So, we can control a dynamic system so that it strives to get to the origin. But what if we would like the car to stop not at x = 0, but at x = 3? Obviously, it is enough to subtract the desired result from the current state x_i, and then everything is as usual. Moreover, this desired result may well not be constant, but change over time. Can we follow another dynamic system?

Let's assume that we do not control our machine directly, but at the same time we want to monitor it. We measure both states of the machine using some sensors that have a rather low resolution:

I just took our curves and made their values coarser. Let's try to filter out noise introduced by measurements. As usual, we arm ourselves with the least squares.

So, our machine obeys the law x_ {k + 1} = A x_k + B u_k, so let's build a diffus observer that follows the same law:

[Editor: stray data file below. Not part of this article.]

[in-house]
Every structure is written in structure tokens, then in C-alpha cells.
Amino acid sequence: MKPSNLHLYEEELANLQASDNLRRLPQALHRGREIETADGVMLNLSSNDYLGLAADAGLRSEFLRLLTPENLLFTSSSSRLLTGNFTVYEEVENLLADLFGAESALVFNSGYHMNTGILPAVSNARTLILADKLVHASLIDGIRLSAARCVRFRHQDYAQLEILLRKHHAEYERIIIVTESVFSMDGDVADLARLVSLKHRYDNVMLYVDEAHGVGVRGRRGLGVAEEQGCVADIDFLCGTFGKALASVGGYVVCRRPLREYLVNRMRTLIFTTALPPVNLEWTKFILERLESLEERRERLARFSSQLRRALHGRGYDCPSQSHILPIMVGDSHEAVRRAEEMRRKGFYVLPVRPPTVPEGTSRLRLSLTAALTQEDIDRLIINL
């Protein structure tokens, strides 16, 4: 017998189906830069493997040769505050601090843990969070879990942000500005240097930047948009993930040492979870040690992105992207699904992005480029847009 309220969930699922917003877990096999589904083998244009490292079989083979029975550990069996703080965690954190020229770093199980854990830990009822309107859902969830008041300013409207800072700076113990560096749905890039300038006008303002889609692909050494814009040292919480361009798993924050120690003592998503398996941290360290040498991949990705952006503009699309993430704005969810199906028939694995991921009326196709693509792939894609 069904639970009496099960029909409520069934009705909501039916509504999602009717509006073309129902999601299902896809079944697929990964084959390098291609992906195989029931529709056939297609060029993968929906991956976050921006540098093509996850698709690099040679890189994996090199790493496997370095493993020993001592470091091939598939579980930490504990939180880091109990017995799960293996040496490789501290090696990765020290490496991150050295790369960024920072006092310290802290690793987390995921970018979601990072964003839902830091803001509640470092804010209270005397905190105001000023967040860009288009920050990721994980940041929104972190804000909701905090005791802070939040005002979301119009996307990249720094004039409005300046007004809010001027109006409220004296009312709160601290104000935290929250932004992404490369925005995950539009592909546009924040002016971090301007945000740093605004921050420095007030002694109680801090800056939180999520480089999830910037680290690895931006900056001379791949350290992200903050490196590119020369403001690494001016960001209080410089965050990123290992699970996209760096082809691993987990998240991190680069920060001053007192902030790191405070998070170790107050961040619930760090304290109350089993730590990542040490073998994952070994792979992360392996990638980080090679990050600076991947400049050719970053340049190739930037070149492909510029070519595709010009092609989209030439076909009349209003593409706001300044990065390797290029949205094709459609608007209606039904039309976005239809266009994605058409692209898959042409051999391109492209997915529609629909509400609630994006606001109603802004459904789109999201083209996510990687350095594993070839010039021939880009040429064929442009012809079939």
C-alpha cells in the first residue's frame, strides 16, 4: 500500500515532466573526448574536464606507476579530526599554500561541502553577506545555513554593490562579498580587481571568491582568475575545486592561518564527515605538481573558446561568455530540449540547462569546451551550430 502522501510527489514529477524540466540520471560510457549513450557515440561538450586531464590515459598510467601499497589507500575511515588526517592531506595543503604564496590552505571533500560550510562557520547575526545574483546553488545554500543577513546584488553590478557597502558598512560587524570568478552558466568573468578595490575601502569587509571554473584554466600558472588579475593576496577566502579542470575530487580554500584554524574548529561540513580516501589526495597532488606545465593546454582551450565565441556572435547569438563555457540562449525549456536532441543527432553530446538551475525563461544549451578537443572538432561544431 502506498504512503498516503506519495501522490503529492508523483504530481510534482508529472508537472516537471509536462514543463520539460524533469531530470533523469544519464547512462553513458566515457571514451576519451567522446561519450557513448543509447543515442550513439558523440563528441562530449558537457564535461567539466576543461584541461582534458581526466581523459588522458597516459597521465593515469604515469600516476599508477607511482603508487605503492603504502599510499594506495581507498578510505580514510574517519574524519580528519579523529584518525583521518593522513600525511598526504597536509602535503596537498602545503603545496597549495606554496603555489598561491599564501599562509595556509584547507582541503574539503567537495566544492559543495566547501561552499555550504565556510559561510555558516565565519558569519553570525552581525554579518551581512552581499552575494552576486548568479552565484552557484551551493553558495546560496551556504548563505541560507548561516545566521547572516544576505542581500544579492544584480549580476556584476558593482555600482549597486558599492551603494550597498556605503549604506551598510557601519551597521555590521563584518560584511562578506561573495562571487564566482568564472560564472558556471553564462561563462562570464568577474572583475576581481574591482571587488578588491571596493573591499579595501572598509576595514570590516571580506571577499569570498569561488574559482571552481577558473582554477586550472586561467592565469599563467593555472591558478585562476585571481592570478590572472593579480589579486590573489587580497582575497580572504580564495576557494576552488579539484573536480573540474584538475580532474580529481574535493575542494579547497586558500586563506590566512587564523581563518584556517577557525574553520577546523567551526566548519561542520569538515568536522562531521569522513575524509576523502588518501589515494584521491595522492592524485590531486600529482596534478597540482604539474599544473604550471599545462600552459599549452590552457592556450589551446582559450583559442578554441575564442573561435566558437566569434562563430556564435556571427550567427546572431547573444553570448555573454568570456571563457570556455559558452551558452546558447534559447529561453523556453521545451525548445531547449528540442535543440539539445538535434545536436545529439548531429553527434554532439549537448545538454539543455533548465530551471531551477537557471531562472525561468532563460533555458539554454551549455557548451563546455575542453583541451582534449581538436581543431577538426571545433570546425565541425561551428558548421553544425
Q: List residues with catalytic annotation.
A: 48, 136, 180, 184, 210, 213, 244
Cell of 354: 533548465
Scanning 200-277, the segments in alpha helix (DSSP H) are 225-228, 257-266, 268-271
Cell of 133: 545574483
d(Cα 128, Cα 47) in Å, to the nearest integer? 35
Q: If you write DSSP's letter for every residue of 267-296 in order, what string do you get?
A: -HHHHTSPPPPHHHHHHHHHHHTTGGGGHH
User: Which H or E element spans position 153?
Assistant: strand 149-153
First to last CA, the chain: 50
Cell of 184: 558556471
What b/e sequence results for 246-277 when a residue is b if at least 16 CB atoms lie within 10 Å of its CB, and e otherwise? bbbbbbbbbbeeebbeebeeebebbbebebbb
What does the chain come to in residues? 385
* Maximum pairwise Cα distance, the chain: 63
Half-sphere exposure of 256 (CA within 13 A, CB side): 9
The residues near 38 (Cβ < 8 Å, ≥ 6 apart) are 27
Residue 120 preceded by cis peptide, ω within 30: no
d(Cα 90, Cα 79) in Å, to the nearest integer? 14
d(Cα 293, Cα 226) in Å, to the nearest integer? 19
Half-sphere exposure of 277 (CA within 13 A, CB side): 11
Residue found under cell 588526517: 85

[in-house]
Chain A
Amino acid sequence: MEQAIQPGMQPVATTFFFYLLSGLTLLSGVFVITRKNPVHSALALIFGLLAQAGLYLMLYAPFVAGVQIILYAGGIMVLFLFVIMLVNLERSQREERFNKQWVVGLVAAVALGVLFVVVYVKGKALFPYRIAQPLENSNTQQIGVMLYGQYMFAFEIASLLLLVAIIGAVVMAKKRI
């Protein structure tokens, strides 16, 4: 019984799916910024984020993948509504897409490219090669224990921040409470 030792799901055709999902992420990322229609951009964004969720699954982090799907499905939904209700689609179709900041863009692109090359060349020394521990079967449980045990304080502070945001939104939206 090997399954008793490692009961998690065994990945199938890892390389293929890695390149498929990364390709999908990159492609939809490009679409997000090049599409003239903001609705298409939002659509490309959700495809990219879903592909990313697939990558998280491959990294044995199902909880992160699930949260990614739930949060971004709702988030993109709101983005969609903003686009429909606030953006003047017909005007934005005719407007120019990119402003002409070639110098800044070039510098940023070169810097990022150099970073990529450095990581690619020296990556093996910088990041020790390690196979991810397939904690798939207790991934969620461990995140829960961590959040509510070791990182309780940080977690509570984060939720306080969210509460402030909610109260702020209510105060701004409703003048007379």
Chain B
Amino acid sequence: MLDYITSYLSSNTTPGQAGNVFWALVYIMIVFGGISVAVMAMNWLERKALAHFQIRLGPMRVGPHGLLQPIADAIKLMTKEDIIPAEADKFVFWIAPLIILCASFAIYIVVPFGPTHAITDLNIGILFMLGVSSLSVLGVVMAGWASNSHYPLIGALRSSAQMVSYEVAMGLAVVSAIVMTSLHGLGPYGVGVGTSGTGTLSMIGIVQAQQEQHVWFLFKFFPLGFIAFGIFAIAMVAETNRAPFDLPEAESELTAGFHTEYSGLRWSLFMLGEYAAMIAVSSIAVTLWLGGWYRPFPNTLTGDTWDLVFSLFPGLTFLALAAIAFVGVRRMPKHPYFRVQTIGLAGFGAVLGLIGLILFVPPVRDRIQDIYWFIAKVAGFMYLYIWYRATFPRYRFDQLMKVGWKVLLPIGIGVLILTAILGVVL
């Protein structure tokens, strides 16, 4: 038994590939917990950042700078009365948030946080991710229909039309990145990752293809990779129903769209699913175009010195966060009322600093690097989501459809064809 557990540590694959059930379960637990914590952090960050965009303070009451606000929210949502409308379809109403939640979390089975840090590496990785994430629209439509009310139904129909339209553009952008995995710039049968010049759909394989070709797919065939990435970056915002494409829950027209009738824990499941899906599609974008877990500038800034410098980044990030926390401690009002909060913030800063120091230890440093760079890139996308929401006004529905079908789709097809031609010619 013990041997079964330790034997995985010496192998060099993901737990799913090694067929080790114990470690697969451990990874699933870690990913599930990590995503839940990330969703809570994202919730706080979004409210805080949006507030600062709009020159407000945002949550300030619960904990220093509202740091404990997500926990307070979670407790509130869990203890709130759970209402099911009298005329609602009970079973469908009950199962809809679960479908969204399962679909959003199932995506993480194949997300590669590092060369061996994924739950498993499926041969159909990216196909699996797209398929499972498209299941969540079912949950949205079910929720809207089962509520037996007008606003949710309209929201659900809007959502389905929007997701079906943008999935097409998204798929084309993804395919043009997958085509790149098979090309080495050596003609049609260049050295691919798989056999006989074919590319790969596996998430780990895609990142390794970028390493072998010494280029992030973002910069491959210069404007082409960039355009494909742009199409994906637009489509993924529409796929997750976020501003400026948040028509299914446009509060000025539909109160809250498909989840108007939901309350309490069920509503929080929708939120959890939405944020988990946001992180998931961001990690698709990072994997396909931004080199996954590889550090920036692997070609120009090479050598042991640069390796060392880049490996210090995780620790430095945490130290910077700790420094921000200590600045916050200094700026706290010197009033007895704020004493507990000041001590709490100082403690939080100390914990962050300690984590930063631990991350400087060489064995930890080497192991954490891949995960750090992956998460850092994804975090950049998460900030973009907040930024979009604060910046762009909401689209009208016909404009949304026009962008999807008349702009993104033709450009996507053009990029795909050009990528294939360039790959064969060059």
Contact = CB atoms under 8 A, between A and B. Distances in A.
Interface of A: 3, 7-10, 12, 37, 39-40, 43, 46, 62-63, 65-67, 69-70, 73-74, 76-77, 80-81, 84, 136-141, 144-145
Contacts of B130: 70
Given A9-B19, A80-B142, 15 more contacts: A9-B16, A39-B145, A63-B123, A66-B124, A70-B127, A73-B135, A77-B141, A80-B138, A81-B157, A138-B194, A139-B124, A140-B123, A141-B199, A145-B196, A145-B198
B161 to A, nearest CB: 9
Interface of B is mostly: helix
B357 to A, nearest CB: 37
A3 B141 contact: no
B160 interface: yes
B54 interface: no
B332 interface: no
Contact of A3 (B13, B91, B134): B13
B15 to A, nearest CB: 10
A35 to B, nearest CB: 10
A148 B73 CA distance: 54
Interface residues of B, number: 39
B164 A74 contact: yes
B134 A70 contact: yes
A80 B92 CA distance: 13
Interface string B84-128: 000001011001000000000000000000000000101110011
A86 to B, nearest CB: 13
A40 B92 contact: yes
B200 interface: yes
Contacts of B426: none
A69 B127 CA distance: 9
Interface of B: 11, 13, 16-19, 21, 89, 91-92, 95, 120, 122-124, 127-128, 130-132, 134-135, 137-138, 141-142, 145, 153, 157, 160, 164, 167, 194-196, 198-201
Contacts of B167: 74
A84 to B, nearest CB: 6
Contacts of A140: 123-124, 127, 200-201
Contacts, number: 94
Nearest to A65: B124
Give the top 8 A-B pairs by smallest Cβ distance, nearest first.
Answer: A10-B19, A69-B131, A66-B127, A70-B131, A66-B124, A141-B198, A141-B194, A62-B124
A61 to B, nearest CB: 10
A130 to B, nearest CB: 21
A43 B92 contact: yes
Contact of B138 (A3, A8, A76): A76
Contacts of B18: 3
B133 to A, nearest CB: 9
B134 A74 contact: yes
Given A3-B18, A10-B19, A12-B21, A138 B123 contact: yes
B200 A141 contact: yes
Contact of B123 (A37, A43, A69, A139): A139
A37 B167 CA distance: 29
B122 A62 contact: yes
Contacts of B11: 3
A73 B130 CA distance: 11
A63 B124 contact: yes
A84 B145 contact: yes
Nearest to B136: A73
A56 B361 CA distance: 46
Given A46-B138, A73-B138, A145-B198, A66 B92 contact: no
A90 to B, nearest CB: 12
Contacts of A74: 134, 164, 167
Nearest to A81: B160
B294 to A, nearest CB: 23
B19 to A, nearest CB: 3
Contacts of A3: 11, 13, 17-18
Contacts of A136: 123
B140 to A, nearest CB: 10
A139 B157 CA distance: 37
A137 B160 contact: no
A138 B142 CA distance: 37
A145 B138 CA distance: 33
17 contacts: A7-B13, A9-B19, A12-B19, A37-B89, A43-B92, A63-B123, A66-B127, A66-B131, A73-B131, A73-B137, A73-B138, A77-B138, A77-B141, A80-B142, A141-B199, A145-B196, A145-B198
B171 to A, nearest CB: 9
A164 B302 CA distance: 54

Here y_k is the correction term through which we will tell our observer how far we are from the real state of things. Like last time, we write the equation in matrix form:

Okay. Now what do we want? We want the correction terms y_k to be small, and so that z_k converges to x_k:

Like last time, we express Z through Y, we equate the partial derivatives with respect to Y to zero, and we get an expression for the optimal correction term:

Here vague forebodings start to torment me ... Somewhere I already saw it! Ok, let's remember how X is related to U, we get the following expression:

But this is, up to renaming letters, an expression for U *! And in fact, let's go back a little bit, too quickly we rushed into action. By combining the dynamics for x_k with the dynamics for z_k we get the dynamics for the error x_k-z_k.

That is, our task of tracking the machine is absolutely equivalent to the task of a linear-quadratic controller. We find the optimal gain matrix, which in our case will be equal to [[-0.594, -0.673], [- 0.079, -0.774]], and we obtain the following observer code:

But the filtered curves, they are imperfect, but still closer to reality than low-resolution measurements.